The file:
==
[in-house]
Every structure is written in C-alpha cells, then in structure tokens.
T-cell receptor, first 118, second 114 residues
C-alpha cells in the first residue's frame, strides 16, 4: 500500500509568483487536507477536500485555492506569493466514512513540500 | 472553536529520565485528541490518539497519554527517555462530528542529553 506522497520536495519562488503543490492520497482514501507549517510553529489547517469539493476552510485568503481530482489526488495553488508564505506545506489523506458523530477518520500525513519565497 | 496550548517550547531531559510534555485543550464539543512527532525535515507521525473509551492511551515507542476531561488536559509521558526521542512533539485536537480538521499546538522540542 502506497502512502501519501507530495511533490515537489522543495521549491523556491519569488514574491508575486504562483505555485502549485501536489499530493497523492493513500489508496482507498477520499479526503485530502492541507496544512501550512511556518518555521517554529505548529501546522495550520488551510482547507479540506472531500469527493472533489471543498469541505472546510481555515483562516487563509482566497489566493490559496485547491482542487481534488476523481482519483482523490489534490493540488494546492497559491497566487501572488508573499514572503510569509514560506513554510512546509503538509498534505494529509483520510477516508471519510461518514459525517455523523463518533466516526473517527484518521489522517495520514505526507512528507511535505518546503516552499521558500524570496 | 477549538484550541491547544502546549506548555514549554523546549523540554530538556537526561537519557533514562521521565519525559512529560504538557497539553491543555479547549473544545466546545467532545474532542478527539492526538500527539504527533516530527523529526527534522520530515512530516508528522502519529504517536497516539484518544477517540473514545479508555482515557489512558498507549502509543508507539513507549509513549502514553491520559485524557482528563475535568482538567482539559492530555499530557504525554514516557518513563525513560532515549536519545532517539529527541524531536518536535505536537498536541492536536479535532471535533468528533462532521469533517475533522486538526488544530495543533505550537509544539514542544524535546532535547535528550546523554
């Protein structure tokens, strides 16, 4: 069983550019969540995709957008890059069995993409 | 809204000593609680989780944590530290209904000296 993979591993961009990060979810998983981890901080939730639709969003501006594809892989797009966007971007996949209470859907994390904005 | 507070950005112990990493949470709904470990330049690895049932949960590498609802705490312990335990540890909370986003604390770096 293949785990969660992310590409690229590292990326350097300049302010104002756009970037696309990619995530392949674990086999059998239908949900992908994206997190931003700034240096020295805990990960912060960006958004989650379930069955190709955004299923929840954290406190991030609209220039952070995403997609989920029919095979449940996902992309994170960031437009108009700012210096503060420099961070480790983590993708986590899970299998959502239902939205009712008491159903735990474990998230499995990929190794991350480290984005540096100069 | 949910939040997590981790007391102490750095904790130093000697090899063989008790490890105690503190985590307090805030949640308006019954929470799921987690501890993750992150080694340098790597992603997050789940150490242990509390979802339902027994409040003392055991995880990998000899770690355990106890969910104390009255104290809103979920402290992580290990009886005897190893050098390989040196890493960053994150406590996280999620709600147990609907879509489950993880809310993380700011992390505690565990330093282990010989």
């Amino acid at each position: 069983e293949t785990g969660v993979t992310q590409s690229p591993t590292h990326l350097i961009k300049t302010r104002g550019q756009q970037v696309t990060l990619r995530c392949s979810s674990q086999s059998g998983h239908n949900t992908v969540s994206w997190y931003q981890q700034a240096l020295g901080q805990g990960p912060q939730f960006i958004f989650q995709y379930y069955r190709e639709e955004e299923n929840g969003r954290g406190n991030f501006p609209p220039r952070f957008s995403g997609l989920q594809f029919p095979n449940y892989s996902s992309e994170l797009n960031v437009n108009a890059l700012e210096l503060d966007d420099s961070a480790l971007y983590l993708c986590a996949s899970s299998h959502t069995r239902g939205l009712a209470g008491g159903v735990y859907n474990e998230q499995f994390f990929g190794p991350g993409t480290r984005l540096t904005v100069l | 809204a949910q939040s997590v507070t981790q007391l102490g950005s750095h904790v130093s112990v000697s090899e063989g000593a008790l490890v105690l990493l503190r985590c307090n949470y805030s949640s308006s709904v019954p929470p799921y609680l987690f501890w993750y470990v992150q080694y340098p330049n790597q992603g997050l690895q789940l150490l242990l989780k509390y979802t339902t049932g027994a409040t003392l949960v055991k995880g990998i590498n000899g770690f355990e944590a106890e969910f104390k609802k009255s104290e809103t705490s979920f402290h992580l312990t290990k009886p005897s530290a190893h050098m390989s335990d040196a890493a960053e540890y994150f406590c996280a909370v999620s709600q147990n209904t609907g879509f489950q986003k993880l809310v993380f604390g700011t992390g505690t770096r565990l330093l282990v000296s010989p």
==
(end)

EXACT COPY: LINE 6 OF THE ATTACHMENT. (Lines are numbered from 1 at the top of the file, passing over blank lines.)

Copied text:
């Amino acid at each position: 069983e293949t785990g969660v993979t992310q590409s690229p591993t590292h990326l350097i961009k300049t302010r104002g550019q756009q970037v696309t990060l990619r995530c392949s979810s674990q086999s059998g998983h239908n949900t992908v969540s994206w997190y931003q981890q700034a240096l020295g901080q805990g990960p912060q939730f960006i958004f989650q995709y379930y069955r190709e639709e955004e299923n929840g969003r954290g406190n991030f501006p609209p220039r952070f957008s995403g997609l989920q594809f029919p095979n449940y892989s996902s992309e994170l797009n960031v437009n108009a890059l700012e210096l503060d966007d420099s961070a480790l971007y983590l993708c986590a996949s899970s299998h959502t069995r239902g939205l009712a209470g008491g159903v735990y859907n474990e998230q499995f994390f990929g190794p991350g993409t480290r984005l540096t904005v100069l | 809204a949910q939040s997590v507070t981790q007391l102490g950005s750095h904790v130093s112990v000697s090899e063989g000593a008790l490890v105690l990493l503190r985590c307090n949470y805030s949640s308006s709904v019954p929470p799921y609680l987690f501890w993750y470990v992150q080694y340098p330049n790597q992603g997050l690895q789940l150490l242990l989780k509390y979802t339902t049932g027994a409040t003392l949960v055991k995880g990998i590498n000899g770690f355990e944590a106890e969910f104390k609802k009255s104290e809103t705490s979920f402290h992580l312990t290990k009886p005897s530290a190893h050098m390989s335990d040196a890493a960053e540890y994150f406590c996280a909370v999620s709600q147990n209904t609907g879509f489950q986003k993880l809310v993380f604390g700011t992390g505690t770096r565990l330093l282990v000296s010989p």